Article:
Nancy Durr:

Oh, really.

Ethel Finley:

And he said, "You know even though I am a man of faith, I considered suicide so often." There is nothing more frustrating than all at once not to be able to talk.

Nancy Durr:

But his other, he was still able to -

Ethel Finley:

He could think and everything else.

Nancy Durr:

But he was not able to speak?

Ethel Finley:

No.

Nancy Durr:

Isn't that interesting?

Ethel Finley:

It hit in his speech center, obviously.

Nancy Durr:

Oh, isn't that interesting.

Ethel Finley:

That is how he got started telling me the story. He said this was the reason it took so long for him to get an instrument rating. He confused numbers.

Nancy Durr:

Really, wow.

Ethel Finley:

And so, all the time it just seemed doors opened for me without a lot of effort on my part. I passed everything and went to Sweetwater. Started out from the farm with my suitcase. I had to take a bus to the train in Texas. And arrived at the old Bluebonnet Hotel where I met other girls waiting for transportation to the field.

Nancy Durr:

What did your mom think about it?

Ethel Finley:

She was so pleased. My grandfather said he thought I had been going to school to be a teacher and I must be crazy to go off and fly. But my mother was my role model, and she encouraged me to do all these things. My teachers in school too were most supportive.

Nancy Durr:

Right, right. She must have been very proud of you.

Ethel Finley:

Oh yes she was.

Nancy Durr:

That's great.

Ethel Finley:

She put me down sometimes - put me in my place, at times, too. I was pretty cocky at times.

Nancy Durr:

That is what a mother is there for, right?

Ethel Finley:

to continue we were in Sweetwater from March to September. It was very very hot and those old coveralls - I'm sure other people have told you all about the clothing and all that sort of stuff so we won't go into that again. We were not one of the classes to be given a choice of assignments like some of the classes.

Nancy Durr:

What was your impression of- you know, you had come from basically being the only female pilot in your general area. And so all of a sudden being thrown in with all these other women pilots, what was your impression of being with all these other women that were so much like you?

Ethel Finley:

I really enjoyed it. I don't know; I don't have any real conscious memories of being overwhelmed by it or anything. I knew I was good at flying and didn't worry too much about the academics.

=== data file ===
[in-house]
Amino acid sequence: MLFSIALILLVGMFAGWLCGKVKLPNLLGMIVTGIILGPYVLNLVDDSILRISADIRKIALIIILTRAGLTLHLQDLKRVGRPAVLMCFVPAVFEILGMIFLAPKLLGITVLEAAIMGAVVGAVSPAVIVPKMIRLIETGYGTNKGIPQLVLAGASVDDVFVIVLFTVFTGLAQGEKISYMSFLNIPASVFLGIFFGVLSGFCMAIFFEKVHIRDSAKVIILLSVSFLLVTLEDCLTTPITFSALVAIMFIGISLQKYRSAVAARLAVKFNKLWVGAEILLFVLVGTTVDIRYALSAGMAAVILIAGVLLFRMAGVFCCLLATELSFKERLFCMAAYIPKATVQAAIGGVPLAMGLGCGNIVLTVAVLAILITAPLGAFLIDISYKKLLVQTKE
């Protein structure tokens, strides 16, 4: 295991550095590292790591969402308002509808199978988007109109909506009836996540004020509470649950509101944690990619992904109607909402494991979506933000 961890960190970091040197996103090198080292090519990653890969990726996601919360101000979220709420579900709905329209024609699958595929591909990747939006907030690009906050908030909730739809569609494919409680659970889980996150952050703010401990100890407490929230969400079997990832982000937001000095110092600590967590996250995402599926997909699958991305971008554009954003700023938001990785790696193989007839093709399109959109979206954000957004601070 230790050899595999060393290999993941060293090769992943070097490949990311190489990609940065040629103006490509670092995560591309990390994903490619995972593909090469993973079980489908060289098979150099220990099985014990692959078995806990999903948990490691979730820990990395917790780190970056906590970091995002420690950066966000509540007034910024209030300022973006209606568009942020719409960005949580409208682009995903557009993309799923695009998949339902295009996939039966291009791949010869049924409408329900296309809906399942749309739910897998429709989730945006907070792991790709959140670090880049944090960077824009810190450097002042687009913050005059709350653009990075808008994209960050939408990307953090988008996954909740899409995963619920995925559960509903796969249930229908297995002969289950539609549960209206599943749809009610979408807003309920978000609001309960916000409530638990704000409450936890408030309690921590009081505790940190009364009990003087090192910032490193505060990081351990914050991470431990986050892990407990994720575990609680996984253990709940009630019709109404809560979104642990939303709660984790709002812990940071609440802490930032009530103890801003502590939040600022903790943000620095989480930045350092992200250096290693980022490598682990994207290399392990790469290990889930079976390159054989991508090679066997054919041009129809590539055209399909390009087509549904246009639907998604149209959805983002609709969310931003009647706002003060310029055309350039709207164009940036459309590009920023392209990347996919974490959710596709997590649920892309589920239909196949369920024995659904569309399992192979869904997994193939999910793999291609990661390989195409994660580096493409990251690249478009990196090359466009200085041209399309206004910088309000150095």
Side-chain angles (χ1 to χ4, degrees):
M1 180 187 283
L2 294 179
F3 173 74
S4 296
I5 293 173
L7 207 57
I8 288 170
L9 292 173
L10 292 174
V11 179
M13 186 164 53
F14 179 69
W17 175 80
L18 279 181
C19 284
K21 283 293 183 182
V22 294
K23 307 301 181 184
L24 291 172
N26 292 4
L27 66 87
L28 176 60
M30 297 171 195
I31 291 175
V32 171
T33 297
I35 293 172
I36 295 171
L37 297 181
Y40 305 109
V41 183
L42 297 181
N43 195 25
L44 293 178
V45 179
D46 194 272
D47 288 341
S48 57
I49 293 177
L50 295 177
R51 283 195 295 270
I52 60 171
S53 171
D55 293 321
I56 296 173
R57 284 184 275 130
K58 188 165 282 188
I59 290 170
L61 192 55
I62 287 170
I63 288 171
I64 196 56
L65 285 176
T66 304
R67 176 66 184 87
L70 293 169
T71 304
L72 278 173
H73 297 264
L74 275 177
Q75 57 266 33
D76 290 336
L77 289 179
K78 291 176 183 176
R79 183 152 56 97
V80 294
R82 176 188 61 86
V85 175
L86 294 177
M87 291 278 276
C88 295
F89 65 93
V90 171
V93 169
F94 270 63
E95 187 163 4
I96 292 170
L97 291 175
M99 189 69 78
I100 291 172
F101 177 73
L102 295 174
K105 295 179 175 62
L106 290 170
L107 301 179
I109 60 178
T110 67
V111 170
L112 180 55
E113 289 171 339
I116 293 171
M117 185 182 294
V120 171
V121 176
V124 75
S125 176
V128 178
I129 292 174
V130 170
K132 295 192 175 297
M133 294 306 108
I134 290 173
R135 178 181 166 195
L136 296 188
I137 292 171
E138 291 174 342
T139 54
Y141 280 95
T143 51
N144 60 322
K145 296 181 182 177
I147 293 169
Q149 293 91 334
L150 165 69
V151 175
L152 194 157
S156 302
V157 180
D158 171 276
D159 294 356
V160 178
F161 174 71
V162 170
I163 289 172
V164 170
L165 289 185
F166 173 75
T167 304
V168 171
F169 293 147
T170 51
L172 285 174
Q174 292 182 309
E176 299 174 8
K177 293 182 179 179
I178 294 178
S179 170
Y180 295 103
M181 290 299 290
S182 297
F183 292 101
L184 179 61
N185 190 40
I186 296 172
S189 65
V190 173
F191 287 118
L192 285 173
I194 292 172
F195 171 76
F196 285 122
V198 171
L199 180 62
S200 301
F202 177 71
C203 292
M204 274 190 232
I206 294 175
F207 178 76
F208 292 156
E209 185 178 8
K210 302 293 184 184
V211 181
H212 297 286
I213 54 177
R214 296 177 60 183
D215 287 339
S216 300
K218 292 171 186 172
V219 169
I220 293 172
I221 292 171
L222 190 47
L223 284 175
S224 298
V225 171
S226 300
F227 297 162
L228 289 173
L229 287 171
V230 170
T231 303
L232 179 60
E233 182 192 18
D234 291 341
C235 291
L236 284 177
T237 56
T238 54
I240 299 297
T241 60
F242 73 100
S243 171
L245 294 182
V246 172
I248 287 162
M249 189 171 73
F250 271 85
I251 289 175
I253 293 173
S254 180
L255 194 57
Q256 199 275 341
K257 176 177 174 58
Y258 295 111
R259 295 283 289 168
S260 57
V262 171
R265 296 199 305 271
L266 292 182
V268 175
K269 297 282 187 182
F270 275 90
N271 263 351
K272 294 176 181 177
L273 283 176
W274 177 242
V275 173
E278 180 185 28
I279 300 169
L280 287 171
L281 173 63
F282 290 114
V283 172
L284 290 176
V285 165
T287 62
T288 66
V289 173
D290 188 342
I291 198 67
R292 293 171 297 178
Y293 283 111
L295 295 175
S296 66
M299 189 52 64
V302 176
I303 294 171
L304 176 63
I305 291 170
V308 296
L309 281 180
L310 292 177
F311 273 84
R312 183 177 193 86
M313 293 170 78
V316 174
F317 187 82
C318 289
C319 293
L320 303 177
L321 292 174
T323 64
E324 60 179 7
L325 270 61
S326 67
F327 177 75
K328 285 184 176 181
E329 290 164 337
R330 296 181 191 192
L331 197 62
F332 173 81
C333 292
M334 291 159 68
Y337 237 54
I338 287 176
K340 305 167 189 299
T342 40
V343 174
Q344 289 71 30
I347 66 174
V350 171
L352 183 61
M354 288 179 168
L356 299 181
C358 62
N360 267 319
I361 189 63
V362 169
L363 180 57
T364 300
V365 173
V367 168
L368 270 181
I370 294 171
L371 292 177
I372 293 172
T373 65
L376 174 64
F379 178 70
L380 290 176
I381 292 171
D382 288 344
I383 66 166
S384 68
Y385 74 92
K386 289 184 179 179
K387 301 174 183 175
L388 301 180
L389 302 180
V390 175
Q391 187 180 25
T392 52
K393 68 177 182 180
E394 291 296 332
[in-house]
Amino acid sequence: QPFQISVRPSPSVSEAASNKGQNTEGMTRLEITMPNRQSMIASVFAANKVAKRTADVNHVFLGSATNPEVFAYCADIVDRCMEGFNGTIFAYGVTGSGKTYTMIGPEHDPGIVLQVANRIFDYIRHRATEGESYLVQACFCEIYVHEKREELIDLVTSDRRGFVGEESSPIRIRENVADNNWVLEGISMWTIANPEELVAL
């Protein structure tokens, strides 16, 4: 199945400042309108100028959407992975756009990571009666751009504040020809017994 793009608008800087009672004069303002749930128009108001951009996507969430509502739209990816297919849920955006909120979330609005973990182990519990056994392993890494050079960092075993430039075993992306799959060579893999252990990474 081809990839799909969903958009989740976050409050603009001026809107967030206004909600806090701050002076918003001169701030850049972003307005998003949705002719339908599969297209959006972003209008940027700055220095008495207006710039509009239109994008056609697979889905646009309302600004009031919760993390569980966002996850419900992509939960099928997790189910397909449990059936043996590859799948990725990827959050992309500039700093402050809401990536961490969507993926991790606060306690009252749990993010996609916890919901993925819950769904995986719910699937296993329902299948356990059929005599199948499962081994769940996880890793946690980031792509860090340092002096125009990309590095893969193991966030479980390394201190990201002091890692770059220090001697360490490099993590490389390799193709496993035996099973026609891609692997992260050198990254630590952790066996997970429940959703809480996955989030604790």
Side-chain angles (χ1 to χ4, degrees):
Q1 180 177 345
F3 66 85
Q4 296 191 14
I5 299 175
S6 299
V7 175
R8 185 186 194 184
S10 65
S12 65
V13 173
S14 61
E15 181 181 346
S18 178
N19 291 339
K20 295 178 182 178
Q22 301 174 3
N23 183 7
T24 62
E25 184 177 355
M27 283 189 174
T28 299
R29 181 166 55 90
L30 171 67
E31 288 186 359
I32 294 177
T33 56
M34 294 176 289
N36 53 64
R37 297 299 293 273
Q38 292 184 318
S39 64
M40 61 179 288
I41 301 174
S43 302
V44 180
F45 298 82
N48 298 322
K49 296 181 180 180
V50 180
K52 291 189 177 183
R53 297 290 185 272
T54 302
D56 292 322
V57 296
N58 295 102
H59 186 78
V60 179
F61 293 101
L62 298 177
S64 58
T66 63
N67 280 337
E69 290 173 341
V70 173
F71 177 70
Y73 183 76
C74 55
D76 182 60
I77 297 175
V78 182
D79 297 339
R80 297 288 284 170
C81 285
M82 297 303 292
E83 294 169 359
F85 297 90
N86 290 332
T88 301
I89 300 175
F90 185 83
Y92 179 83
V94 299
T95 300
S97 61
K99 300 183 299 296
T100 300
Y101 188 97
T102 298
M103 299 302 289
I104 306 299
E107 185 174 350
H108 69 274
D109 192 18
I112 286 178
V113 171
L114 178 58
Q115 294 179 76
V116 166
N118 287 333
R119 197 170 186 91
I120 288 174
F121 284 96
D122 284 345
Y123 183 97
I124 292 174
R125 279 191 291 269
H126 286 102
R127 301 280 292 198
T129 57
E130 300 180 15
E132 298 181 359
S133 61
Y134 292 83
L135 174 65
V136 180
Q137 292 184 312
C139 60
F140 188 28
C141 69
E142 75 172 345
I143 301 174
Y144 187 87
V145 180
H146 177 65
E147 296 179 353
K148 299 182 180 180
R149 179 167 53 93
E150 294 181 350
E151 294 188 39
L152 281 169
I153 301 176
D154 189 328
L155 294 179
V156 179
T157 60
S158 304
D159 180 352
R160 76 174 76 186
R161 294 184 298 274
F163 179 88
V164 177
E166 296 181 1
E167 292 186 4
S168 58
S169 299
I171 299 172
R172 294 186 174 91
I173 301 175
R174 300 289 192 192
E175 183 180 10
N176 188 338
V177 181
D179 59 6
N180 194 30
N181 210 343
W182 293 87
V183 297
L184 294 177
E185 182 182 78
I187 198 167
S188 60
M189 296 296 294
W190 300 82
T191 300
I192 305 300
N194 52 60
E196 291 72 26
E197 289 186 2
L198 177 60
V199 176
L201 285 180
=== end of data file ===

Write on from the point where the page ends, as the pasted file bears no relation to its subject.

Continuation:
Nancy Durr:

What about washing out?

Ethel Finley:

Well, I only had one time when I was concerned about that. I mean I always did well. I had no trouble with the ground school courses because I was quite recently out of college and I had taught physics so engines was no problem for me. I have never had too much trouble learning anything. In fact, Marge says, she would never have made it academically if I hadn't been there to coach her on things like engines since she had not gone to college. She went to the business thing, and she was a financial person. So that helped our relationship grow and I enjoyed it. We had a good bay; it was just like more college.

Nancy Durr:

Right, right.

Ethel Finley:

I just couldn't believe people griping about having to wear those old coveralls or the food or it being hot. It was all okay by me. I still have visions of how I loved sitting under the wing of a plane hot as it was with the black top of the ramp sticky, waiting for my turn to fly. Nothing bothered me. As I said, our class did not get a choice of assignments, but we were the first class to get into special training immediately. They took some of the taller girls to go to B-17 school. There were 17 but I don't think they were all from our class. They had reported to a ferry command first and then were reassigned. Marge and I were with the group assigned to the ferrying command in Dallas, Love Field. But we had - not too good an experience there.

Nancy Durr:

Well, tell me what happened at Love.

Ethel Finley:

Well, I won't use any names, but for one thing there was - it was not discrimination - but every once in a while you would get some jealous males who didn't want to be instructors or check pilots especially for women. And when our group came in they failed us on our check ride even though we had just graduated from Sweetwater with no problems. None of the women in charge spoke up for us and we were just left sitting around. Marge wasn't about to take that. She was a little older and so she called Jacqueline Cochran collect in Washington.

Nancy Durr:

[Laughter]

Ethel Finley:

No messing around with her. And I'm telling you Jackie came down immediately. She was a remarkable woman. I think she knew the majority of the 1074 of us. She didn't take too much guff from anybody. There were some shenanigans going on in the hierarchy at Love Field and a few of them disappeared. Then she said, "I'll be back in touch." And she was. She called in a few days and said how would you two like to go to the training command? They were trying out some new assignments and sending a few to other commands. So we agreed and were sent out to the Southeast Training Command at Maxwell Field, Alabama.

Nancy Durr:

Okay.

Ethel Finley:

They didn't know quite what to do with us. So we were assigned to headquarters flying squadron. We were assigned to two young captains, and they were wonderful-- Hallock and Richardson. I still remember them. They were happy to have us as copilots in flying non-flying personnel. And on the days we didn't have an assignment to work for them, they said to go out and get ourselves some airtime and keep in practice. Check out whatever you wanted to, and if you were not checked out, let us know they would check us out. So it was very good for us.